Income, Risk, and Consumer Demand for Healthcare
Why is the depreciation of capital good a cost of society? In what ways does a person’s health depreciate?
Depreciation is the way to track the wear and tear of assets over time. Now, only those assets which are defined as being capital goods can depreciate. The capital goods will provide value or generate income for the company over a period of time normally greater than one year. The depreciation of capital goods requires knowing three different variables: the original cost of the asset, the salvage value of the asset and the life expectancy of the asset. All three of these variables help the organizations or companies to determine ...view middle of the document...
With the passing of time, health depreciates at some source of rate. The marginal benefit of health capital is the rate of return from this capital in both market and non-market sectors. In Grossman’s model, the optimal health stock can be impacted by factors like age, wages and education (Folland, Goodman, and Stano; 2001). However when looking into the age factor, we know that depreciation increases with age, so it becomes more costly to attain the same level of health capital or health stock when we age and as a consequence the optimal health stock and the marginal benefit of the health would decrease.
According to Grossman (1972), “The total cost is minimized when the increase in gross investment from spending an additional dollar on medical care equals the increase in gross investment from spending an additional dollar on time” (Pg.17). Now, health capital falls over the life cycle, however the gross investment can increase, decrease or even remain constant. This happens when a rise in the rate of depreciation (as we age our health depreciate) reduces the amount demanded of health capital and the capital supplied to consumers by a given amount of gross investment. The gross investment on health would have to increase in order to obtain a higher health stock or capital.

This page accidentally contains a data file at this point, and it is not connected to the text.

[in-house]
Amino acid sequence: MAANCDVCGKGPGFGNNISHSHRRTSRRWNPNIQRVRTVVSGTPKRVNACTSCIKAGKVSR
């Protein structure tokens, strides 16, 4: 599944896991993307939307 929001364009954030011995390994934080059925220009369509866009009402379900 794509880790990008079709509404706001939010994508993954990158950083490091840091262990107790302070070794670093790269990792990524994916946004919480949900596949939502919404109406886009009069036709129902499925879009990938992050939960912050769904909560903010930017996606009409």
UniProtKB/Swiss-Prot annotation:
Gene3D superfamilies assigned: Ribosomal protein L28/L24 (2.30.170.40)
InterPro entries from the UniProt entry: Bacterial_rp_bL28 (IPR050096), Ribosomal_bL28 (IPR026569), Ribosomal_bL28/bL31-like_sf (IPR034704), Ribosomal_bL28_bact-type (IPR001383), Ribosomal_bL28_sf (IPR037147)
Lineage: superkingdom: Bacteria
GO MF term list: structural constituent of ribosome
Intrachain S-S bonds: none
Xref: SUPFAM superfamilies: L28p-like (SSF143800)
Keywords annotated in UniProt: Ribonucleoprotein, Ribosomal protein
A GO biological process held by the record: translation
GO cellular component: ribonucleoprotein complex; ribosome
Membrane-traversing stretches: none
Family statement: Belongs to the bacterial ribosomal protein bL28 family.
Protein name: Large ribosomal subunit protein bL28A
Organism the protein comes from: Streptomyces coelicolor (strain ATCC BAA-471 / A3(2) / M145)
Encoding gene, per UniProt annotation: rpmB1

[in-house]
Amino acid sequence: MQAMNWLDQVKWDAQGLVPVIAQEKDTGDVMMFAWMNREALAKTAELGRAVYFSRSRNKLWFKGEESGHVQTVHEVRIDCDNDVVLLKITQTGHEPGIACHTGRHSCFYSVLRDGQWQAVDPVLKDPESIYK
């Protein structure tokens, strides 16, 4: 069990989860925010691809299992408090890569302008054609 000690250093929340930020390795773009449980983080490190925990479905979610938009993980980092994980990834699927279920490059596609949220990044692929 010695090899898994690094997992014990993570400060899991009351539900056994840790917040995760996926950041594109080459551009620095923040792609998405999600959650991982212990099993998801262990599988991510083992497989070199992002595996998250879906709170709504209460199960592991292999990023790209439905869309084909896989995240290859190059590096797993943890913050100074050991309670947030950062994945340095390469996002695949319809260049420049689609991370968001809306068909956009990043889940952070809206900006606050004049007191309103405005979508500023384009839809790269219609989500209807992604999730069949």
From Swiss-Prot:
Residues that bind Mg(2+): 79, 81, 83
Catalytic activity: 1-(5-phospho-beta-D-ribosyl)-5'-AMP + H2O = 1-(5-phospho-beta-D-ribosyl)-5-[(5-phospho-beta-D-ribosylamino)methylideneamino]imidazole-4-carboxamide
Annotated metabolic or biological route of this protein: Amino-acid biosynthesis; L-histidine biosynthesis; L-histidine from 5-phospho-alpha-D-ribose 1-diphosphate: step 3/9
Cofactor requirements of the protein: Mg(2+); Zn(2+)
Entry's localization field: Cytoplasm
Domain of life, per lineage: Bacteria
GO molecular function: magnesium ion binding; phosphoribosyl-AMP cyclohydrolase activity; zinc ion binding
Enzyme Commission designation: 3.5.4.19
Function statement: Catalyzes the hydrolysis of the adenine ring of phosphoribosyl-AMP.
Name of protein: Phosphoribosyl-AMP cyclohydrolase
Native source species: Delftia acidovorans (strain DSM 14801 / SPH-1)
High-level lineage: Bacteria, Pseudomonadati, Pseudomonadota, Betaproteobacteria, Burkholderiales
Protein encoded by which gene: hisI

List at least three factors that might increase an individual’s marginal efficiency of investment in health capital.
Some factors that might increase an individual’s marginal efficiency of investment in health capital are education, wage rate (work), preventive care, exercise, and dieting. Education is assumed to improve the efficiency to produce health investments by having a better knowledge of harmful effects of certain risk behaviors for example: smoking, drinking alcohol. This knowledge can provide a better understanding of medical instructions. It will raise the direct inputs of marginal product, generating investments in health at less cost. An educated person also recognizes the benefits of a good health. They may also enjoy feeling, looking good and having a greater taste for health.
Wage rate also increases the individual’s marginal efficiency of investment in health capital by increasing the returns obtained from healthy days. Increases of wages tend to increases the optimal capital stock and increased substantially the marginal efficiency investment (Folland, Goodman, and Stano; 2001).
Lastly preventive care, exercise, and dieting increases the individual’s marginal efficiency of investment in health capital. Preventive care increase by schooling, tends to increase the use of screening services resulting in a more efficiently health production (Folland, Goodman, and Stano; 2001). Exercise and dieting promotes good health resulting in a reduction of medical expenditures and a higher earning by increasing productivity.
The deductible feature of an insurance policy can affect the impact of moral hazard. Explain this in the context either of...